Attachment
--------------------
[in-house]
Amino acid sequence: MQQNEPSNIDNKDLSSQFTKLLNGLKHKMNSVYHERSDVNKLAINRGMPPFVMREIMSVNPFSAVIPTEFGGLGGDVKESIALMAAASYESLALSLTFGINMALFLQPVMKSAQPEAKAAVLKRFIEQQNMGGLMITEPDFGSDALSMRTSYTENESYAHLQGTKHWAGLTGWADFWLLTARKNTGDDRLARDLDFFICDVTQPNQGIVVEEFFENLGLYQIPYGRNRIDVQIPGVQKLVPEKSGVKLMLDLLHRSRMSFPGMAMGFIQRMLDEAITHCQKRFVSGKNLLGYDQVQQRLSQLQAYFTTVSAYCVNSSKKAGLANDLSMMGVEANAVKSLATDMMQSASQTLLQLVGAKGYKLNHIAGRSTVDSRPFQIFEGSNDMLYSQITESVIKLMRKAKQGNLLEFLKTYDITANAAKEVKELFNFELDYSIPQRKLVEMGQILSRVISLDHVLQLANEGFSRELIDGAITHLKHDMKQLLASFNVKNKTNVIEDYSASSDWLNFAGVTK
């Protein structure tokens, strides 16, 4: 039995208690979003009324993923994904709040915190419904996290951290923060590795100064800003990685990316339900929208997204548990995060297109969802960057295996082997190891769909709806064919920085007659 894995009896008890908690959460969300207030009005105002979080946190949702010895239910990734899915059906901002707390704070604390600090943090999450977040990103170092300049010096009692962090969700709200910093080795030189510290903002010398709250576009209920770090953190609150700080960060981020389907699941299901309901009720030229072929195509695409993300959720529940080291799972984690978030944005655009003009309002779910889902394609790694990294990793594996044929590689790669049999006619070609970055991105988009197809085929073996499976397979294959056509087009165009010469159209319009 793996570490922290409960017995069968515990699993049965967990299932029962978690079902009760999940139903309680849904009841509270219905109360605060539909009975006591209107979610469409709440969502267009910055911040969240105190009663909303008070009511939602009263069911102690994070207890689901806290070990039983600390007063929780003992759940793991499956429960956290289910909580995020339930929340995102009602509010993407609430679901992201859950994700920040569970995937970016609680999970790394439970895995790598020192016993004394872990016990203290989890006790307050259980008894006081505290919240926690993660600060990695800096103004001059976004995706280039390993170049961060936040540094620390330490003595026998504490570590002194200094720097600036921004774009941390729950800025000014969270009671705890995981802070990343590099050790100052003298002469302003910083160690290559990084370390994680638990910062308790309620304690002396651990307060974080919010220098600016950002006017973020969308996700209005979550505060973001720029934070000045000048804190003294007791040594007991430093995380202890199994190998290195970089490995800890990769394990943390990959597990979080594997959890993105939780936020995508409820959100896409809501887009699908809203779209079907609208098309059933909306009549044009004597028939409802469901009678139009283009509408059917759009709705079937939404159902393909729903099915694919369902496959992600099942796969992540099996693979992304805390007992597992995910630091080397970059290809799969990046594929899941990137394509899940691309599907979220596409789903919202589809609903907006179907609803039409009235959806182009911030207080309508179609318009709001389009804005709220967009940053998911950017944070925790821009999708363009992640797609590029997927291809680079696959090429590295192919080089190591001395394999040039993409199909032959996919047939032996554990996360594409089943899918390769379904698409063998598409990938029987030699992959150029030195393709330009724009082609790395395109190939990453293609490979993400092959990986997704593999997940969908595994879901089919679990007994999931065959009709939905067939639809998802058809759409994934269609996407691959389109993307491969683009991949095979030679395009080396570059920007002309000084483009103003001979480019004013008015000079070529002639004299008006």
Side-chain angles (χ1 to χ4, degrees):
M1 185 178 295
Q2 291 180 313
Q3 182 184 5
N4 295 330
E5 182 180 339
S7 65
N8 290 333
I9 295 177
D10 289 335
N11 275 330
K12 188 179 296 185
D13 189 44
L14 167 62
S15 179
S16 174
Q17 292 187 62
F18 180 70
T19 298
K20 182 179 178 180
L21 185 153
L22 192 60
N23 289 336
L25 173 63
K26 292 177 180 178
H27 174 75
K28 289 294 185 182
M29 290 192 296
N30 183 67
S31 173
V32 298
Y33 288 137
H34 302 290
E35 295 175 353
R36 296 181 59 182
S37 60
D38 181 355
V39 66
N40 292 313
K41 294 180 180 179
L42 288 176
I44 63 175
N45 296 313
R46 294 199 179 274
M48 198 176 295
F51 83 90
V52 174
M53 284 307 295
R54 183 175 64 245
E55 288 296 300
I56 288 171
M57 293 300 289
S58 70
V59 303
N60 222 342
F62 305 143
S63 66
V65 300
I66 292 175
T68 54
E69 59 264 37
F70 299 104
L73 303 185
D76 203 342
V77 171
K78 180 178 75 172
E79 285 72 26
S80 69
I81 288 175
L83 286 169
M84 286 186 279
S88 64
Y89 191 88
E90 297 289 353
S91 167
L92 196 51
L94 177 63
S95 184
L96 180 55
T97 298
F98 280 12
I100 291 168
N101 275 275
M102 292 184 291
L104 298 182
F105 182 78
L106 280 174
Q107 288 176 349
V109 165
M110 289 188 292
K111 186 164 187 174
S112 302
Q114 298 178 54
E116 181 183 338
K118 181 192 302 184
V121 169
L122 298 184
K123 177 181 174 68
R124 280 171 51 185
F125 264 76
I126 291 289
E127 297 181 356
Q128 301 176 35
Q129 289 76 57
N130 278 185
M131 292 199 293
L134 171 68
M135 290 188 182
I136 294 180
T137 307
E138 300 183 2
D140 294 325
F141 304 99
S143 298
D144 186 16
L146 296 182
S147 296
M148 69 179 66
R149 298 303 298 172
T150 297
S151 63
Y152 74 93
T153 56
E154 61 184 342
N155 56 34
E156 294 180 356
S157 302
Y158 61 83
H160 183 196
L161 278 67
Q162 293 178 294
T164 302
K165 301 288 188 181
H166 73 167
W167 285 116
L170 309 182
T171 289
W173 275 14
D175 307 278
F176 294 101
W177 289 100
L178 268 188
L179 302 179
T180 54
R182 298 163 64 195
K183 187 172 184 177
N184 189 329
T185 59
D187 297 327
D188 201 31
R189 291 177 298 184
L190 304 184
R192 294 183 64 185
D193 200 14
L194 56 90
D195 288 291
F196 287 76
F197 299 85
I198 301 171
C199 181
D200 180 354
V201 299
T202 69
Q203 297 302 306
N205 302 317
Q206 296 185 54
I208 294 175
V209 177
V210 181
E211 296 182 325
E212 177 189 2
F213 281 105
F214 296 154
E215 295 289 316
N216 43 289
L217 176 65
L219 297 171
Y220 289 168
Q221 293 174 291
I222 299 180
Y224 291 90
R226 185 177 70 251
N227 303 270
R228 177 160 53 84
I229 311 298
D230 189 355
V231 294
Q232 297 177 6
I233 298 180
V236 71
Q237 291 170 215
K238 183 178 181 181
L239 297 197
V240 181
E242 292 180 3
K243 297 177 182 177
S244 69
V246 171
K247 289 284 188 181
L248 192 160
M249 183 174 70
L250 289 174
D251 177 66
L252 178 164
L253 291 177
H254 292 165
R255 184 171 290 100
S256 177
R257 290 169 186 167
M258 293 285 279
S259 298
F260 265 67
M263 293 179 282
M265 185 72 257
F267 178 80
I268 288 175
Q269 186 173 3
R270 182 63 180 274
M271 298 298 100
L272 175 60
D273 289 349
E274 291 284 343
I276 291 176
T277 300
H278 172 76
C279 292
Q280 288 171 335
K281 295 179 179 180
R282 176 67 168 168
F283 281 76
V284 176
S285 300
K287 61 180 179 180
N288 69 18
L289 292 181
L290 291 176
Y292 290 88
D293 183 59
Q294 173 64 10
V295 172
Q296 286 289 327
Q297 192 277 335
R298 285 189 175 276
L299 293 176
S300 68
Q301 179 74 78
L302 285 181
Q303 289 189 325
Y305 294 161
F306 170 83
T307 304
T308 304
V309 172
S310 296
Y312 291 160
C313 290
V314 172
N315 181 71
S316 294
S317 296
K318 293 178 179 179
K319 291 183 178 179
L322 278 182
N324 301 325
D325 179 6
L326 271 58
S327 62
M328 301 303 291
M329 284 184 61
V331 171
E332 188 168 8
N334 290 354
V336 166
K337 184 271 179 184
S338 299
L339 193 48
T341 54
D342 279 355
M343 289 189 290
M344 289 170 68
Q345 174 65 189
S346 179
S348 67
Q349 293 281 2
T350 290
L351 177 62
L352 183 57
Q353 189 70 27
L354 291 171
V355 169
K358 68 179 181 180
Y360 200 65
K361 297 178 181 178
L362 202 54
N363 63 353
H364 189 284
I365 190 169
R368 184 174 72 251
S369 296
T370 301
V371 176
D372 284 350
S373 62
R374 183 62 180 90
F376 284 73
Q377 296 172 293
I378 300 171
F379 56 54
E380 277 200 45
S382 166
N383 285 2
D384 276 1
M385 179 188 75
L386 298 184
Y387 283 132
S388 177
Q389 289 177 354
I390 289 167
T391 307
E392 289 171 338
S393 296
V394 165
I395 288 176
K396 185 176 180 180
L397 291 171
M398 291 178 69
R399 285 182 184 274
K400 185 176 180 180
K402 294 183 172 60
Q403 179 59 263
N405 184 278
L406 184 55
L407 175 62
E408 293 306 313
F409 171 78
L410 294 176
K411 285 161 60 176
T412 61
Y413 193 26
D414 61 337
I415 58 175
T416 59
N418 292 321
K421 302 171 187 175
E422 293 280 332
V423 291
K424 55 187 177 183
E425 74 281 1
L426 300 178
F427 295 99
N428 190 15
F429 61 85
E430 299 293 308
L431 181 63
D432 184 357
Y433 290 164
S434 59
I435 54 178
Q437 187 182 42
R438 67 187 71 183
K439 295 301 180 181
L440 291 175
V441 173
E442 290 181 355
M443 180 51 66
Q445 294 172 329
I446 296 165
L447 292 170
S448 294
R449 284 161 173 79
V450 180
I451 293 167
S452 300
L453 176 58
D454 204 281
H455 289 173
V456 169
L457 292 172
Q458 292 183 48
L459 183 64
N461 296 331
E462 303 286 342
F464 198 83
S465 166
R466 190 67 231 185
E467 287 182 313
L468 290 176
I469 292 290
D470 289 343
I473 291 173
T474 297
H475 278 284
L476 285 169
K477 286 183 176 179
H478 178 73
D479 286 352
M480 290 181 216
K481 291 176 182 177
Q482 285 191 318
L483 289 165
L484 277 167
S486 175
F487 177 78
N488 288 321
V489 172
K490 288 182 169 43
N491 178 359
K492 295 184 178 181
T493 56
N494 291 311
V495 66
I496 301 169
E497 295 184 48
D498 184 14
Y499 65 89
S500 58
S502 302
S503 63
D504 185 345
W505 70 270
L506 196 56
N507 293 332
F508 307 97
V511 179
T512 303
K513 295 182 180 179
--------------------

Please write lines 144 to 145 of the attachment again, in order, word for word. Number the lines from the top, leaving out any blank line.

W177 289 100
L178 268 188